Fibromyalgia

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Tests

At this time, there is no specific test that can be used to diagnose fibromyalgia. The syndrome is usually diagnosed by documenting the patient’s medical history, ruling out disorders and diseases that may be mimicking or exacerbating fibromyalgia, and by utilising the criteria developed by the American College of Rheumatology (ACR) in 1990. These criteria include:

  1. A history of widespread chronic pain for at least three months in all four body quadrants – right and left upper body and right and left lower body; pain in the axial skeleton (cervical, down the spine, and/or in the chest)
  2. Pain in 11 of 18 tender points, as measured by palpation using a 4 kg force [Illustration of tender point locations; test must be performed by a trained professional].

The ACR criteria were originally developed to guide fibromyalgia research, and there is some controversy in using them clinically. Because a patient’s symptoms may vary and may come and go, a person may not meet the criteria at the time they are initially tested. Doctors generally consider the results of this evaluation in conjunction with other findings.

Laboratory tests
Laboratory tests can be useful to help diagnose conditions with symptoms similar to fibromyalgia and to identify disorders that may be coexisting with fibromyalgia, such as rheumatoid arthritis, Sjögren’s syndrome, thyroid disease, and lupus. It is not usually cost effective or necessary to do extensive screening. General tests that may be ordered include:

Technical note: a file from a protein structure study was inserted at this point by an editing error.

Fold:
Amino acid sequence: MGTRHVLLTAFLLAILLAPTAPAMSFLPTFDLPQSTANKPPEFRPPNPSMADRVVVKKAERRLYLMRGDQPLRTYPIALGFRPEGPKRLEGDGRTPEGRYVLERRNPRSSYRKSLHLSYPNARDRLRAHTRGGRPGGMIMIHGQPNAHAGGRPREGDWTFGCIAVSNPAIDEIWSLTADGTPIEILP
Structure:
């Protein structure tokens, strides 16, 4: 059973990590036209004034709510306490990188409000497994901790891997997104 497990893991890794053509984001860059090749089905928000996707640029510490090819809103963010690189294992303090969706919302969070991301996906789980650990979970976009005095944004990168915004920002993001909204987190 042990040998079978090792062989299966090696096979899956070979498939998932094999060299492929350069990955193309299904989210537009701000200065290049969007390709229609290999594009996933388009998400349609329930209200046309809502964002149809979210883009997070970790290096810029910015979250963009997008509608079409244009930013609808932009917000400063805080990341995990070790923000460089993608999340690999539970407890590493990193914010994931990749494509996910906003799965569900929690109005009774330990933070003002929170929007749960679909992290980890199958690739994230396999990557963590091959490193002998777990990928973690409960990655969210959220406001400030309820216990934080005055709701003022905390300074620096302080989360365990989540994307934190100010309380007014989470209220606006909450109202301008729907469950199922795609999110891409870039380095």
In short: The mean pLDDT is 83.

Other specific tests may be ordered to rule out diseases that mimic fibromyalgia based on the patient's symptoms and on the findings of these general screening tests. It should be noted that any abnormal laboratory test results are usually due to something other than fibromyalgia.

Some very specialised laboratory tests, such as the measurement of Substance P (a neurochemical that signals the brain to register pain), may be used in a research setting to attempt to better understand the cause and course of fibromyalgia, but they are not considered clinically useful at this time.

Non-laboratory tests
Occasionally, an imaging scan may be ordered to help rule out a disorder that is causing symptoms similar to fibromyalgia, such as an MRI (magnetic resonance imaging) to help identify multiple sclerosis.

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